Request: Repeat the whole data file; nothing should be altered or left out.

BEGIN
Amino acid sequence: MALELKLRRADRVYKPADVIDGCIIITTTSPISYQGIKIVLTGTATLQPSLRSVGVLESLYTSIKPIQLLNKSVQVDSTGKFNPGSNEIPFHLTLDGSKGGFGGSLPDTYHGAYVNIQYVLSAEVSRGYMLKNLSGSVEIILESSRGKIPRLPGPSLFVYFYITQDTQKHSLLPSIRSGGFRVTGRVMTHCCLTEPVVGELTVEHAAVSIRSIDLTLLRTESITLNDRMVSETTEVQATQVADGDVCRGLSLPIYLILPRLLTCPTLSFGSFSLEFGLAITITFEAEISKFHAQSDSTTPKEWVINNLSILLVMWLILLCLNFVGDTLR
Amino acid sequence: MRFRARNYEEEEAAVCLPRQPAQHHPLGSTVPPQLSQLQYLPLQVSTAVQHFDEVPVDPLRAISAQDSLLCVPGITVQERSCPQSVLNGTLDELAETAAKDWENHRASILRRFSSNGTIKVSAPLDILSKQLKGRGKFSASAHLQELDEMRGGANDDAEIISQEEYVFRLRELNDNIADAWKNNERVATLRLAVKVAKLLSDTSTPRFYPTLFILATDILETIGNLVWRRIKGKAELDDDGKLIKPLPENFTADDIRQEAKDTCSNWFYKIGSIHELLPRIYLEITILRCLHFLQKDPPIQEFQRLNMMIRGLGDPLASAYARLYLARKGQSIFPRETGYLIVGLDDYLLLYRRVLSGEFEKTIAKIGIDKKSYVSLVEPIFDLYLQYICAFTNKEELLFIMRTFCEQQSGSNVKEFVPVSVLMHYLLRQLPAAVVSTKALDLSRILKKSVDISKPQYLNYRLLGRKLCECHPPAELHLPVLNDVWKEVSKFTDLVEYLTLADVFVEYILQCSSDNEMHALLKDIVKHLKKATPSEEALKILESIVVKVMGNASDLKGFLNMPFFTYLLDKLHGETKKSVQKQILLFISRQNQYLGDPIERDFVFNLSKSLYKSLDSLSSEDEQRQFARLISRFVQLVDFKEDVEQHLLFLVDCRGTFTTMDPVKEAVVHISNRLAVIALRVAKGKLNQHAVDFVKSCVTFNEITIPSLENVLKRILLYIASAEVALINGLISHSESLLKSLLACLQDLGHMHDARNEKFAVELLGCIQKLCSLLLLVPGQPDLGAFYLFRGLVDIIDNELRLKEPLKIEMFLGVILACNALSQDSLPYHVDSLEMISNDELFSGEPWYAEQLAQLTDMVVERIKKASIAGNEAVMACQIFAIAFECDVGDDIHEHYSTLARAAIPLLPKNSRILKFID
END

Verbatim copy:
Amino acid sequence: MALELKLRRADRVYKPADVIDGCIIITTTSPISYQGIKIVLTGTATLQPSLRSVGVLESLYTSIKPIQLLNKSVQVDSTGKFNPGSNEIPFHLTLDGSKGGFGGSLPDTYHGAYVNIQYVLSAEVSRGYMLKNLSGSVEIILESSRGKIPRLPGPSLFVYFYITQDTQKHSLLPSIRSGGFRVTGRVMTHCCLTEPVVGELTVEHAAVSIRSIDLTLLRTESITLNDRMVSETTEVQATQVADGDVCRGLSLPIYLILPRLLTCPTLSFGSFSLEFGLAITITFEAEISKFHAQSDSTTPKEWVINNLSILLVMWLILLCLNFVGDTLR
Amino acid sequence: MRFRARNYEEEEAAVCLPRQPAQHHPLGSTVPPQLSQLQYLPLQVSTAVQHFDEVPVDPLRAISAQDSLLCVPGITVQERSCPQSVLNGTLDELAETAAKDWENHRASILRRFSSNGTIKVSAPLDILSKQLKGRGKFSASAHLQELDEMRGGANDDAEIISQEEYVFRLRELNDNIADAWKNNERVATLRLAVKVAKLLSDTSTPRFYPTLFILATDILETIGNLVWRRIKGKAELDDDGKLIKPLPENFTADDIRQEAKDTCSNWFYKIGSIHELLPRIYLEITILRCLHFLQKDPPIQEFQRLNMMIRGLGDPLASAYARLYLARKGQSIFPRETGYLIVGLDDYLLLYRRVLSGEFEKTIAKIGIDKKSYVSLVEPIFDLYLQYICAFTNKEELLFIMRTFCEQQSGSNVKEFVPVSVLMHYLLRQLPAAVVSTKALDLSRILKKSVDISKPQYLNYRLLGRKLCECHPPAELHLPVLNDVWKEVSKFTDLVEYLTLADVFVEYILQCSSDNEMHALLKDIVKHLKKATPSEEALKILESIVVKVMGNASDLKGFLNMPFFTYLLDKLHGETKKSVQKQILLFISRQNQYLGDPIERDFVFNLSKSLYKSLDSLSSEDEQRQFARLISRFVQLVDFKEDVEQHLLFLVDCRGTFTTMDPVKEAVVHISNRLAVIALRVAKGKLNQHAVDFVKSCVTFNEITIPSLENVLKRILLYIASAEVALINGLISHSESLLKSLLACLQDLGHMHDARNEKFAVELLGCIQKLCSLLLLVPGQPDLGAFYLFRGLVDIIDNELRLKEPLKIEMFLGVILACNALSQDSLPYHVDSLEMISNDELFSGEPWYAEQLAQLTDMVVERIKKASIAGNEAVMACQIFAIAFECDVGDDIHEHYSTLARAAIPLLPKNSRILKFID